Former President George W. Bush is in the midst of a publicity tour for his new book, 41: A Portrait of My Father, which unabashedly aims to burnish the reputation of a president who, among other accomplishments, oversaw the end of the Cold War and successfully routed Saddam Hussein's army from Kuwait. However, the younger Bush appears to be trying to massage his own legacy at the same time. In an interview this week with NPR, he defended the U.S.-led invasion of Iraq in 2003 for ousting a dictator who "had the capacity to make chemical, biological, and nuclear weapons."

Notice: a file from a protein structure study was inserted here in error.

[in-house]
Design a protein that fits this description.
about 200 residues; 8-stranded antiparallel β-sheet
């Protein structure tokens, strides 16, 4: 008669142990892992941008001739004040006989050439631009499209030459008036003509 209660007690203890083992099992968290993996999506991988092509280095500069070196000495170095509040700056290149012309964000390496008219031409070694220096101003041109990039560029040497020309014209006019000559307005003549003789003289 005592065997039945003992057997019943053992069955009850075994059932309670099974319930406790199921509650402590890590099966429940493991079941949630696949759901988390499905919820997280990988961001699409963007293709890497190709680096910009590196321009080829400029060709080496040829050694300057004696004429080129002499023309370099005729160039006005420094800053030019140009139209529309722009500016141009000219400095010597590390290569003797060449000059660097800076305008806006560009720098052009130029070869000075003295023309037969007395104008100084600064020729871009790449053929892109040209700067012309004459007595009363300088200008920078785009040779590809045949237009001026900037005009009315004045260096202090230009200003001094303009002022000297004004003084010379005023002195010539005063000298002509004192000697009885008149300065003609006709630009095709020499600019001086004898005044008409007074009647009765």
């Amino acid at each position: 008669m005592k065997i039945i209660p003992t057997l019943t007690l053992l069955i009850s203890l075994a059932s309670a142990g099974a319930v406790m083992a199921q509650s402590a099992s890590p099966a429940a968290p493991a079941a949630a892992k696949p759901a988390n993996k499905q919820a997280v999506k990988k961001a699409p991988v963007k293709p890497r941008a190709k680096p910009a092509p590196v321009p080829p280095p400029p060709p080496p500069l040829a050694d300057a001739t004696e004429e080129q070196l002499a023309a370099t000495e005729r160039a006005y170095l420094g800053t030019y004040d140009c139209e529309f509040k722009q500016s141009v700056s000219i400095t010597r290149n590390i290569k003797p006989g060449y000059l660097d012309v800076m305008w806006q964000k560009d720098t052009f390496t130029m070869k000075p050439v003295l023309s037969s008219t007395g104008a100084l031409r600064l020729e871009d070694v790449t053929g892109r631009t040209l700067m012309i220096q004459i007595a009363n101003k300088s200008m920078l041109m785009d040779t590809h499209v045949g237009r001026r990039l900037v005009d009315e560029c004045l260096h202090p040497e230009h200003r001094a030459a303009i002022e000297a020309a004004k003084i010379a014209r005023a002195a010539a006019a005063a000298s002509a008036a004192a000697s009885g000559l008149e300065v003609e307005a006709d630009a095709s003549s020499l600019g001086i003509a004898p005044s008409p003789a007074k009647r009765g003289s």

As The Washington Post's Glenn Kessler points out in awarding Bush's remarks three Pinocchios, this was not the case. "Hussein may not have given up his dream of one day again having weapons of mass destruction — but he did not have such weapons when the United States invaded," Kessler writes. "Neither did he have much capacity either." He also dings Bush for claiming that the invasion was backed by "large coalitions of nations" and for suggesting that the U.S. invasion would have been justified if it had merely found a "dirty bomb," as opposed to the full-fledged weapons of mass destruction that Bush claimed Hussein possessed.